DJ Drama: It’s hard to say. I know what I like, I have my opinion of music, but also, at the end of the day, my ear is not always the ear of the masses, so a lot of time I respect the music but I also respect movements, and what the streets are sayin’, and what the buzz is on a certain artist. Those are some things I pay attention to.
DJ Booth: Has there ever been an artist who came your way, made you listen to his stuff, you didn’t really feel it, and he later turned out to be someone we know now as an A-list artist?
DJ Drama: Yeah, there is. I’ll say his name: my man Gorilla Zoe. [I’ve known] Zoe for years, and Zoe was somebody that definitely brought me his music, and I didn’t see it at the time. I mean, we were always cool, always homies and everything. He definitely made his way, he got on, and I’m super proud of him. He’s an example of how sometimes, some people may not always see your vision, and that’s to say don’t give up, don’t get discouraged. Me and Zoe are great friends now, and we’ve worked together, I love his work, and I’m definitely proud of him.
DJ Booth: Drama, on top of your own project, you were apart of Yo Gotti’s [most recent] release, and you have Gangsta Grillz editions with Soulja Boy and Gucci Mane comin’ out later this year. Would it be safe to assume that you are constantly overwhelmed and overworked?
DJ Drama: Nah. I look at it like, really I’m underworked and I’m underwhelmed. This is what I signed up for. I love what I do, man—I love it with a passion and I can’t imagine doin’ anything else. It’s a worry when I don’t have things in the works.
DJ Booth: Exactly. You’re just like me: if I’m not busy doing something, it does not feel right.
DJ Drama: Exactly…
DJ Booth: In a video interview, you crowned yourself as, quote, “a legend in his own time.” Now, I feel like if you’re a legend, you’re a legend—it shouldn’t be dependent on the time frame—so, you wanna clarify what you meant by “in his own time?”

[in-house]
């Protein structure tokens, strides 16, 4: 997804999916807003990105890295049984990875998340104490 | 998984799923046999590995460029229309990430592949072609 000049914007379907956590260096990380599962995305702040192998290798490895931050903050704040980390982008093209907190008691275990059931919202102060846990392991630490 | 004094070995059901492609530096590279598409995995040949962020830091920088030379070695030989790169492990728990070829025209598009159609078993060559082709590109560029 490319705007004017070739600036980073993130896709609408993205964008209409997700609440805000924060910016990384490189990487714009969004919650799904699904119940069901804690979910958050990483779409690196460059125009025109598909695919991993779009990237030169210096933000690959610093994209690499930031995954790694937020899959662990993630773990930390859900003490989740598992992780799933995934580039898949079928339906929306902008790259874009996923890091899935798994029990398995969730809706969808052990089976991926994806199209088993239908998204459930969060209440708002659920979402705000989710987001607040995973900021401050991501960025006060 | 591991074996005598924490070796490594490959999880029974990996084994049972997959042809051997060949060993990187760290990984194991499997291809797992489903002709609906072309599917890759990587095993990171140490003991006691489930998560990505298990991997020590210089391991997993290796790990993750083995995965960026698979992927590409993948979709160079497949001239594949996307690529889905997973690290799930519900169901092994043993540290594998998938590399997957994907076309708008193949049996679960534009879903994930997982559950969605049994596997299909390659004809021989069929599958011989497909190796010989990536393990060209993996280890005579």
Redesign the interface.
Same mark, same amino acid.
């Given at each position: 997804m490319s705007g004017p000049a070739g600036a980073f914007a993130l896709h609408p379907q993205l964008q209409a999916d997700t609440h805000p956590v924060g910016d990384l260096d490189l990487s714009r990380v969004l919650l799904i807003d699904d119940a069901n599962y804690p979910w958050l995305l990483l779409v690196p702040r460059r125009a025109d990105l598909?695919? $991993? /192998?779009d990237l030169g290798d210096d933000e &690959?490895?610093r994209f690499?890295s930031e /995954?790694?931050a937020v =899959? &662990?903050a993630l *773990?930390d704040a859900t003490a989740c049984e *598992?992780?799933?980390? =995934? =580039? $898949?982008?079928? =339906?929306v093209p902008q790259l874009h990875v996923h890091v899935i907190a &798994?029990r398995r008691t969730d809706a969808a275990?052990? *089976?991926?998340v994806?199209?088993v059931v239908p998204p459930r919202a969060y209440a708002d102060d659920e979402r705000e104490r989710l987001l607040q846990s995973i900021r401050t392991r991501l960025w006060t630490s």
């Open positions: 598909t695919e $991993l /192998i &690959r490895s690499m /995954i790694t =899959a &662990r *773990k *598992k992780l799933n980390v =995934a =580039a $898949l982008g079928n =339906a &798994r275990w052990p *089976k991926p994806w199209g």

DJ Drama: I don’t even remember sayin’ that, so I might’ve just been caught up in the moment. But really, at the end of the day, that’s for the people to decide.
DJ Booth: Drama, go ahead, give everybody a website, a MySpace page, so they can find out more about you and, of course, the brand new Gangsta Grillz: The Album (Vol. 2), out May 19th.
DJ Booth: My man, thank you for joinin’ me inside the DJ Booth. The best of luck in the future.
DJ Drama: I appreciate it, homie!
Member Reviews and Ratings
DJ Booth Member
Drama seems like a cool humble guy. I liked the part about Zoe because I do the same thing for artists and their music. Not for Zoe tho, I always felt him since "Hood Figga". A good example of this would be Gucci Mane. I used to think he was a joke, but I actually gave him my ear and I enjoy his music. Nice interview Z.
|Posted on May 05, 2009|
DJ Booth Member
Z I have to give much respect to Drama for actually saying that he turned down Gorilla Zoe because alot of people would not do that. Drama seems like a good guy who is out there doing music for the people.
|Posted on May 06, 2009|
DJ Booth Crew
Total Ratings: 2476
Loved the conversation about his name's affect on his life - hey it could be worse, he could be named C Murder.
|Posted on May 07, 2009|
Total Ratings: 1189
Yeah I dont buy the 'Wayne wasnt meant to be on the album anyway' line.
|Posted on May 11, 2009|